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Wednesday, Sept. 4, 2002

If you could see what I see



Donnie Darko

Rating: * * * *
Director: Richard Kelly
Running time: 113 minutes
Language: English
Currently showing

"28 days. 6 hours. 42 minutes. 12 seconds. That is when the world will end." Troubled high-school teen Donnie Darko is given this crucial bit of information by Frank, a giant mutant rabbit who only Donnie can see. Of course, Donnie's off his medication, and Frank may just be a schizophrenic delusion. But when a hallucination starts giving you advice on real-world stuff that turns out to be correct, you have to sit up and take notice.

News photo
Jake Gyllenhall, Jena Malone and Frank in Richard Kelly's "Donnie Darko"

After Frank saves Donnie from a potentially fatal accident involving an airplane engine that drops out of the sky, Donnie reluctantly starts to heed this voice inside his head. But if Frank is correct, then what's the deal with this "end of the world" business, and why is Donnie being forewarned?

As you can probably already tell, "Donnie Darko" -- the debut of director Richard Kelly -- is a bit of a weird one. But on the other hand, it's perfectly normal, a teen-flick about family, high-school, falling in love and adolescent insecurity, set in an idealized Massachusetts suburb in 1988. The resulting contrast is a surprisingly fresh blend, as if Philip K. Dick had scripted a mid-'80s John Hughes flick, or if David Lynch had a go at the "Back to the Future" series.

Lynch is an obvious reference point here, and "Donnie Darko" continues on the path blazed by "Mulholland Drive" and other recent "puzzle" flicks such as "Memento," in which the subjective nature of the storytelling keeps you off-balance until a mind-bending ending sends you reeling back to where you began. But unlike Lynchland, which is usually a journey to the dark depths of the subconscious, "Donnie Darko's" concerns are closer to the metaphysical meanderings of Dick, particularly in his later works.

What is real? Are we alone in the universe? How does one cope with the breakthrough of the mystical into everyday life? And how does one distinguish it from insanity? Is our destiny -- that is, the future -- preordained and, if so, by who? (This is a theme that also comes to the fore in Spielberg's upcoming adaptation of Dick's "Minority Report.")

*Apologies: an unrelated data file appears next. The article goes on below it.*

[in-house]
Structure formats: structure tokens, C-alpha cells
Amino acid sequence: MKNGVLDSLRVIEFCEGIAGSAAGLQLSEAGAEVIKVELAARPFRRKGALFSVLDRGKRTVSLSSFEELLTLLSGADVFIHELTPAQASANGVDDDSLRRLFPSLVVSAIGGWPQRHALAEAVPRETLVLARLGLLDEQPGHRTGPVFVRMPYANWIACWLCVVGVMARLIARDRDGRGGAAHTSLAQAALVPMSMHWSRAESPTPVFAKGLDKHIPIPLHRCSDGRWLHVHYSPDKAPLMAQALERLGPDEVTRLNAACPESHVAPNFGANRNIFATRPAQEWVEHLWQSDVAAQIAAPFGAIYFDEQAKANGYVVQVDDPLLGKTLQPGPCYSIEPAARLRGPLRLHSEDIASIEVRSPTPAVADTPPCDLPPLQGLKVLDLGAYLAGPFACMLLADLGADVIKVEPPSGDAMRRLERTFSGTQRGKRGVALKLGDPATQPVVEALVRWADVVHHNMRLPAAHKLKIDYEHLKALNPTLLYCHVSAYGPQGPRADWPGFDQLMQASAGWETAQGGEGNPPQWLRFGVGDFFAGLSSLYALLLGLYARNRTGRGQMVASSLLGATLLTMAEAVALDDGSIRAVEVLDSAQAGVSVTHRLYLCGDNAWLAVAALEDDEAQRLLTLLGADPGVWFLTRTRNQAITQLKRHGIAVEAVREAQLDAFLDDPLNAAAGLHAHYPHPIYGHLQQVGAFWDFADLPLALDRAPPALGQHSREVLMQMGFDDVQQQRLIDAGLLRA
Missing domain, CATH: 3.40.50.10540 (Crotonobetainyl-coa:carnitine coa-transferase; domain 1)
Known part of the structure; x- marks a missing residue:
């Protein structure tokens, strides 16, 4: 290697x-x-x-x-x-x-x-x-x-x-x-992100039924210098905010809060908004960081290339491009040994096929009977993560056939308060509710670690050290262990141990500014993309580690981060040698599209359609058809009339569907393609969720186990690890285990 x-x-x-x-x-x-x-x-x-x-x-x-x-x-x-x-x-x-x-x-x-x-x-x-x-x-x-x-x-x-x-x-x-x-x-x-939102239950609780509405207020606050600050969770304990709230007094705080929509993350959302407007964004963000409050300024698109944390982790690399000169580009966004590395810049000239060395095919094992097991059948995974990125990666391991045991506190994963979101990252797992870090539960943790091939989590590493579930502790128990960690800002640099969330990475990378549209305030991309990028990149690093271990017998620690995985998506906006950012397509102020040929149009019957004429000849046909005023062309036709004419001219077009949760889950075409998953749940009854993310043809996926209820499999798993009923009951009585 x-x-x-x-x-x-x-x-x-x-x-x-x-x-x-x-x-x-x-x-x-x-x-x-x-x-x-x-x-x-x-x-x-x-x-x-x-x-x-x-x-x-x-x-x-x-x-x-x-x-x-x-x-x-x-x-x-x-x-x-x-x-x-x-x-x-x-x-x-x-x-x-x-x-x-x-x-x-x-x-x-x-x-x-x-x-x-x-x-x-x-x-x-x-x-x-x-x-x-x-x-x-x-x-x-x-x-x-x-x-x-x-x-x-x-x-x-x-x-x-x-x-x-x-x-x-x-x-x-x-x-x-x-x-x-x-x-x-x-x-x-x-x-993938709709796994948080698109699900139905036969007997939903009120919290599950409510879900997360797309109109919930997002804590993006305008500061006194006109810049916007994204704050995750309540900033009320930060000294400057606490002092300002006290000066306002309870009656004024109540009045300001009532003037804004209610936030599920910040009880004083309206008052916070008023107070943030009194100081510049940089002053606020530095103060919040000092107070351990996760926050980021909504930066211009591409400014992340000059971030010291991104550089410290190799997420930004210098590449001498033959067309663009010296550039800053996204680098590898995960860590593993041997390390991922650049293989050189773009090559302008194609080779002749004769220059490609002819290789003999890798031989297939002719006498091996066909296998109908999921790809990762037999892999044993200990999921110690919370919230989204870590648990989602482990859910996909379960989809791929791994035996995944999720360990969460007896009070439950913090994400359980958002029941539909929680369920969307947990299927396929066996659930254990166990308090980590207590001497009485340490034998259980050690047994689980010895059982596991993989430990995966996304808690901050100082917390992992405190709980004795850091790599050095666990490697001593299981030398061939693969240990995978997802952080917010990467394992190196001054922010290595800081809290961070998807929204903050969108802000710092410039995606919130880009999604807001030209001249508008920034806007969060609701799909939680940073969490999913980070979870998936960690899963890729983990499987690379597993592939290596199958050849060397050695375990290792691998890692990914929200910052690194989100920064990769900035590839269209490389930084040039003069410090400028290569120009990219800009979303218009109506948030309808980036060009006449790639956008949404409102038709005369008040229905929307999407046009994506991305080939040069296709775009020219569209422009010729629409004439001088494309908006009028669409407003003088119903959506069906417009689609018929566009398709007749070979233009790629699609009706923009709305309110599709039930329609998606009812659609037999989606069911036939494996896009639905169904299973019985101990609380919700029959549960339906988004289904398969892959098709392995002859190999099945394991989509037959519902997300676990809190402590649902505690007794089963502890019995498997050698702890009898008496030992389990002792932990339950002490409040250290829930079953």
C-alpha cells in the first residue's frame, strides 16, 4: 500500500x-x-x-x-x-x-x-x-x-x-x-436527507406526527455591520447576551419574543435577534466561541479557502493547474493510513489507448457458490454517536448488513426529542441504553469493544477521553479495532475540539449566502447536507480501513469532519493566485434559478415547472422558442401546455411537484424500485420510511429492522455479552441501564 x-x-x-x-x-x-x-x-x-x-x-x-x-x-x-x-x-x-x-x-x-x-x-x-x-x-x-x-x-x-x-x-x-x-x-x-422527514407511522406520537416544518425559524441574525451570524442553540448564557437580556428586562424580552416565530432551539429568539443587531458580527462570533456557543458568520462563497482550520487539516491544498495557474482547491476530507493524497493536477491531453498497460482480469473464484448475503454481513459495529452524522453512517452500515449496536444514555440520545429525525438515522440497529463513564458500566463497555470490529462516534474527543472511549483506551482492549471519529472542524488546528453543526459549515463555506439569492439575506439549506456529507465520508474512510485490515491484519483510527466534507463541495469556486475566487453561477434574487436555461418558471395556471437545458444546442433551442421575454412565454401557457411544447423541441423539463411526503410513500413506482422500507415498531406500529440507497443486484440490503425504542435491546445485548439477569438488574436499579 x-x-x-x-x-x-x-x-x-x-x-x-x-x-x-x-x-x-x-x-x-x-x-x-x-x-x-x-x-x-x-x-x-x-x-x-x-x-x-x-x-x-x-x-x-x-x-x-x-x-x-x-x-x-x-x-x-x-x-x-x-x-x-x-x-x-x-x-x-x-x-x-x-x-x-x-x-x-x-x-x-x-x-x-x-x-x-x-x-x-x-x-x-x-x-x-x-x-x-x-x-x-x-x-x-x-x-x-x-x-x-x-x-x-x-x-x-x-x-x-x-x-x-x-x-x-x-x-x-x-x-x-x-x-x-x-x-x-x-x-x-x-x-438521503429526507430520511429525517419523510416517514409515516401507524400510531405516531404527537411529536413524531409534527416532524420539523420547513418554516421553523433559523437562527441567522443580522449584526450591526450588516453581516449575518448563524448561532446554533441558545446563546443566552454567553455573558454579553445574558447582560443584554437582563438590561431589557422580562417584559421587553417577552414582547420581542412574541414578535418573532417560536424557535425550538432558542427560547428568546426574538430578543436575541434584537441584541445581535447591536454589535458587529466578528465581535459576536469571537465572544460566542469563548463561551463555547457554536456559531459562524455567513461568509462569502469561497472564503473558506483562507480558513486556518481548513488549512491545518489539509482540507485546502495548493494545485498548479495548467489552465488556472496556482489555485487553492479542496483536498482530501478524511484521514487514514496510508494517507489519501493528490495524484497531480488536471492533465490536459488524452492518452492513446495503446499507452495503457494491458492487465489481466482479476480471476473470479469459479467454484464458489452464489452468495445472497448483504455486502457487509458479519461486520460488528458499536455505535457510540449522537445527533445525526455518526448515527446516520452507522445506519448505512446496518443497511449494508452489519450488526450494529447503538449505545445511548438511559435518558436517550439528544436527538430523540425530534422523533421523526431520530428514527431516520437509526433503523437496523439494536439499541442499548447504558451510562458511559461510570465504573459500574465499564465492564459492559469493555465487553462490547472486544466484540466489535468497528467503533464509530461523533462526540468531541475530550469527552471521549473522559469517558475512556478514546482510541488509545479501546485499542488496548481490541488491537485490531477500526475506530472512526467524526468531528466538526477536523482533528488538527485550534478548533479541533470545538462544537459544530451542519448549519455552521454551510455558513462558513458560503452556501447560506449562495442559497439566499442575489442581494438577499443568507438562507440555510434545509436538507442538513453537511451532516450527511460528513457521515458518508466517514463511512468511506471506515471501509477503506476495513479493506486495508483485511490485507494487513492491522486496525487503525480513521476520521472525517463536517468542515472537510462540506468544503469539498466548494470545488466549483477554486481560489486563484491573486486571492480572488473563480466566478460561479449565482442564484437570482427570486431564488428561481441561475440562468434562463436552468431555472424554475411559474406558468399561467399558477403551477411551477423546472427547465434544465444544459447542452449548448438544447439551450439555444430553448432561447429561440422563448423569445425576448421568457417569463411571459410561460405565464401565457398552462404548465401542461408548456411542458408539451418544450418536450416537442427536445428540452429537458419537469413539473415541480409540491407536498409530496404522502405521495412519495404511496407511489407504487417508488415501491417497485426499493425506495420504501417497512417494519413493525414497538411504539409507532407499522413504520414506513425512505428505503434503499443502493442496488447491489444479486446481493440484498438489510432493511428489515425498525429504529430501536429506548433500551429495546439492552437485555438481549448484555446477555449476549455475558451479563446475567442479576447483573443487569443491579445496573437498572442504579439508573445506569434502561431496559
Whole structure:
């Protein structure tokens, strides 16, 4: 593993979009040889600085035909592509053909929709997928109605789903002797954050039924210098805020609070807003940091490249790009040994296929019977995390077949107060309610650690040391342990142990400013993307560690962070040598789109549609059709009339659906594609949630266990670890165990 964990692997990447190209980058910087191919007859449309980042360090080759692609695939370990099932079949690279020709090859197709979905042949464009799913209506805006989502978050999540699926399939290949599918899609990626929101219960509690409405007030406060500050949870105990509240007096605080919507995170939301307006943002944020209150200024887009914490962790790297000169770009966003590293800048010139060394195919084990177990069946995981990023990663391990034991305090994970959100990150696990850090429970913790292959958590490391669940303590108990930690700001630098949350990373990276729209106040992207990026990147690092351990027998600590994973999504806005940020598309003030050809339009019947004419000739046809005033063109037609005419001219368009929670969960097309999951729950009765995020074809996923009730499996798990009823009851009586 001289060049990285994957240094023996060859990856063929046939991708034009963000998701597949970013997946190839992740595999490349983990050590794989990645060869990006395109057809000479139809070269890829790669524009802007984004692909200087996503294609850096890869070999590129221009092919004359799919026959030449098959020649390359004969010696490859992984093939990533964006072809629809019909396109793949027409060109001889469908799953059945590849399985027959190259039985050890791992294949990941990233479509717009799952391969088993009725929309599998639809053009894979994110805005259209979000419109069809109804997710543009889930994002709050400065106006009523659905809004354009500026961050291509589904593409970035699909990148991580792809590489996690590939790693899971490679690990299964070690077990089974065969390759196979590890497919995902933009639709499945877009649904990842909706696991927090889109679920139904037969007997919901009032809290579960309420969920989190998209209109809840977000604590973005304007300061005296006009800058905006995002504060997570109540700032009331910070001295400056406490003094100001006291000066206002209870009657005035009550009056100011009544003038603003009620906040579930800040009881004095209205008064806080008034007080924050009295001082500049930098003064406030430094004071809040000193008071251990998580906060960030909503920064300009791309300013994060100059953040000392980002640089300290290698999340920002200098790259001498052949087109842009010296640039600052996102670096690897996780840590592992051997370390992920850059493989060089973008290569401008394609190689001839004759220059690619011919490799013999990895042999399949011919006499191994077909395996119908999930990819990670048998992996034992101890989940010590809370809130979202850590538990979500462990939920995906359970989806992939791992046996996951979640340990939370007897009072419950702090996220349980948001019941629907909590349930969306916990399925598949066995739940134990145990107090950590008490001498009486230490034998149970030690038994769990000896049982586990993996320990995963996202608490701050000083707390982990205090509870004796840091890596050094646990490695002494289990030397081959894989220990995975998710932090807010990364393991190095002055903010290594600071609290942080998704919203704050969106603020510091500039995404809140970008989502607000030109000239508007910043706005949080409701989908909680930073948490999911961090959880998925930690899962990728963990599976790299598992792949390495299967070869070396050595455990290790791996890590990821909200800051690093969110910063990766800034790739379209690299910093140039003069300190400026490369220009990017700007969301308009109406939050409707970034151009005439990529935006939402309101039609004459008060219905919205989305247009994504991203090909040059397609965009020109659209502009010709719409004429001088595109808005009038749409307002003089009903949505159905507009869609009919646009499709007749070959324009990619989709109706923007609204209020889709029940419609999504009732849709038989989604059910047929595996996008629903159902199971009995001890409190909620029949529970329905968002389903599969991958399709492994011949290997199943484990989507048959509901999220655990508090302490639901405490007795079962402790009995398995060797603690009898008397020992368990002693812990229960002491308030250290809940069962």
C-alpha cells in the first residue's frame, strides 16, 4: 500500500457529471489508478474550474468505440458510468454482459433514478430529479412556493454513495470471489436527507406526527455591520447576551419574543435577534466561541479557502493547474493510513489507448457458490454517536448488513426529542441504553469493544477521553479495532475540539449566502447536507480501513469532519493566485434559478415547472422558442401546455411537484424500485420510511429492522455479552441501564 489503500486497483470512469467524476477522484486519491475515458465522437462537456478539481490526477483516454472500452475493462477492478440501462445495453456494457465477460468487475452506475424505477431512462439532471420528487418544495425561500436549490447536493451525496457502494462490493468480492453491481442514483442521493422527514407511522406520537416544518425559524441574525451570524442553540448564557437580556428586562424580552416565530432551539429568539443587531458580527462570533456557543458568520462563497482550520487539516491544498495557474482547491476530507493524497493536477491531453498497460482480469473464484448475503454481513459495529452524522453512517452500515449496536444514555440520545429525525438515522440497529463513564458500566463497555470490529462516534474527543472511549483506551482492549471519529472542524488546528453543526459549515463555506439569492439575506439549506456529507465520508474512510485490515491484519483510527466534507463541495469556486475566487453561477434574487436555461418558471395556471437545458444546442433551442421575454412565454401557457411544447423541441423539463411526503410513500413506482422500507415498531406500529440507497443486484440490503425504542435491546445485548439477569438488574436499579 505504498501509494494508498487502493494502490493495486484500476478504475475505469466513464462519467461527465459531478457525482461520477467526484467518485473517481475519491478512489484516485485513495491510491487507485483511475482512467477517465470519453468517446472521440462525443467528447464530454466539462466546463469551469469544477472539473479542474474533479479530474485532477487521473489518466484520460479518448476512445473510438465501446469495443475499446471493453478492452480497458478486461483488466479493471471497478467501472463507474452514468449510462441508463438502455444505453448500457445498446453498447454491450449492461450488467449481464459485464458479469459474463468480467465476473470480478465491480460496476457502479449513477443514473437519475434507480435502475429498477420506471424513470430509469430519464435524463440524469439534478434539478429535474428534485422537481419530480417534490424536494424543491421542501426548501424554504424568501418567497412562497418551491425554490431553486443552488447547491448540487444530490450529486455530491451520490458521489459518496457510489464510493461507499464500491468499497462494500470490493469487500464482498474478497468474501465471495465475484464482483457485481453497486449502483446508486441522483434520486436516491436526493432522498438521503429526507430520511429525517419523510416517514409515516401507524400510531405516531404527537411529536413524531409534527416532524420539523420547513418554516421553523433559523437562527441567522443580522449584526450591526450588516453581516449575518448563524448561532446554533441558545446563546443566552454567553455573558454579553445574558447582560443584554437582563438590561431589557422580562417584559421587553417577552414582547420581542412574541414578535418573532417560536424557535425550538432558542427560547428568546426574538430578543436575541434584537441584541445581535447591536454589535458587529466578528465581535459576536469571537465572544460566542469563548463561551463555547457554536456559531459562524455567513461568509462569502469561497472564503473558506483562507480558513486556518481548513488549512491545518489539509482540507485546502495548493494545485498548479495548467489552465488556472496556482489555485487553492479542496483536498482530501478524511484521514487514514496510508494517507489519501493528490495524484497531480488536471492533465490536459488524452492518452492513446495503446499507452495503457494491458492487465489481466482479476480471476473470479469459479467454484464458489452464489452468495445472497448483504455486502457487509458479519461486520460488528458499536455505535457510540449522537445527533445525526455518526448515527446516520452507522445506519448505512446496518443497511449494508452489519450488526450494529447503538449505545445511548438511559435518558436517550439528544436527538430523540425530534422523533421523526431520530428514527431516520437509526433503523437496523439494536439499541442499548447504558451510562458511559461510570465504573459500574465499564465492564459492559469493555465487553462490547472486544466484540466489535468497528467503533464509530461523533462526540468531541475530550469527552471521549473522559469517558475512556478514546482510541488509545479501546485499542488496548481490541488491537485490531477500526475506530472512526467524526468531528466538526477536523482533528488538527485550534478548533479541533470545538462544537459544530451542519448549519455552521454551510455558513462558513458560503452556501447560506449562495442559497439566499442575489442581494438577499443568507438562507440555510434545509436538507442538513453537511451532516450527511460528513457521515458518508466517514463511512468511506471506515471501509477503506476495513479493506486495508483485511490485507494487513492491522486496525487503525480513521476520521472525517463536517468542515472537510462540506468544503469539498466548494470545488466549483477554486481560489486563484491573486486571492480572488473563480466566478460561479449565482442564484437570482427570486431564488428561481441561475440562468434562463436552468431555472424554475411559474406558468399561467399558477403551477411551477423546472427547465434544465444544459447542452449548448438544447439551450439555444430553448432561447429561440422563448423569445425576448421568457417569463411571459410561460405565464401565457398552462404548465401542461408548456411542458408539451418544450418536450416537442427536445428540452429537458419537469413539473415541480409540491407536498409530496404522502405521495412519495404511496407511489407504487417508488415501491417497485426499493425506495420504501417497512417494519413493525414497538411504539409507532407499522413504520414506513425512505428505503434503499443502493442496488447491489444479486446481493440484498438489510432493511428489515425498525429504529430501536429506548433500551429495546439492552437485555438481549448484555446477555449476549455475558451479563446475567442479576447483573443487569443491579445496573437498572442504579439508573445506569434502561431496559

"Donnie Darko" is an ontological mystery that manages to touch upon all these questions in a pop mode that's as funny as it is eerie, that can shift gears from haunting Gothic choral music to the glam trash-pop of Tears for Fears and never choke for a moment.

Kelly's film is unabashedly '80s, kicking off with a vintage Echo & the Bunnymen track and dropping references to such defining '80s moments as the Bush vs. Dukakis debates and Sam Raimi's "The Evil Dead." No doubt, this is part of what attracted Drew Barrymore to appear in and produce the film; after "The Wedding Singer," it looks like she's hell-bent on kick-starting the nascent '80s revival. But this is no kitschy nostalgia flick; the specifics of time and place allow Kelly to ground his film in the real before launching into his flights of fancy.

Much of the film does feel like a regular teen flick: Donnie (Jake Gyllenhall) has spats with his overly protective parents, endures his weekly visits to the shrink (Katherine Ross of "The Graduate" fame), gets bullied at school and bonds with a fellow outcast, a new kid named Gretchen (Jena Malone). A minor crisis erupts when his school's plumbing system is vandalized and floods; his sympathetic English teacher (Barrymore) has her reading list attacked for including Graham Greene's "The Destroyers," while a self-help guru (Patrick Swayze) is enlisted to brainwash the kids with glassy-eyed, feel-good positivity.

Amid this Anytown tale, the weirdness emerges from the cracks: the apocalyptic mutterings of Grandma Death, the town crackpot; Donnie's increasing interest in quantum physics and, especially, time travel; and the increasing visits of Frank. As the 28th day approaches, events rush toward something big happening, but what?

While Kelly's film stretches the boundaries of the possible, at its heart are some compellingly real emotions. Mary McDonnell brings a lot of warmth to her role as Donnie's mother, making a perfectionist and slightly vain suburban mom into something far deeper than cliche. Gyllenhall and Malone, as Donnie and Gretchen, also establish a real affection. Walking home from school, their halting conversation is full of the anticipation and nervousness of nascent teen romance.

"Donnie Darko, what kind of name is that?" teases Gretchen. "It sounds like some kind of superhero or something."

"What makes you think I'm not?" shoots back Donnie, a line pregnant with meaning when you hit the end of the film.

Gyllenhall has a look that's all dark and brooding, with the occasional disarming grin that brings to mind Wes Bentley in "American Beauty" or Tobey Maguire in "The Ice Storm." But Gyllenhall also displays a sharp and indignant sense of humor: The scene in which he takes on the new-age psychobabbler in front of the school assembly is a howler.

Trendy pop-psych is an easy target, and perhaps a dubious one for a film that itself indulges in the metaphysical. But Kelly's point is a clear one: our answers must come from within. "Donnie Darko" is such a meandering magical mystery trip that -- like with Dick -- it's easy to lose sight of the underlying seriousness. Kelly caps it all off with a surprisingly poignant finale, though, and you'll be heading back to see it all over again, with an entirely different perspective.



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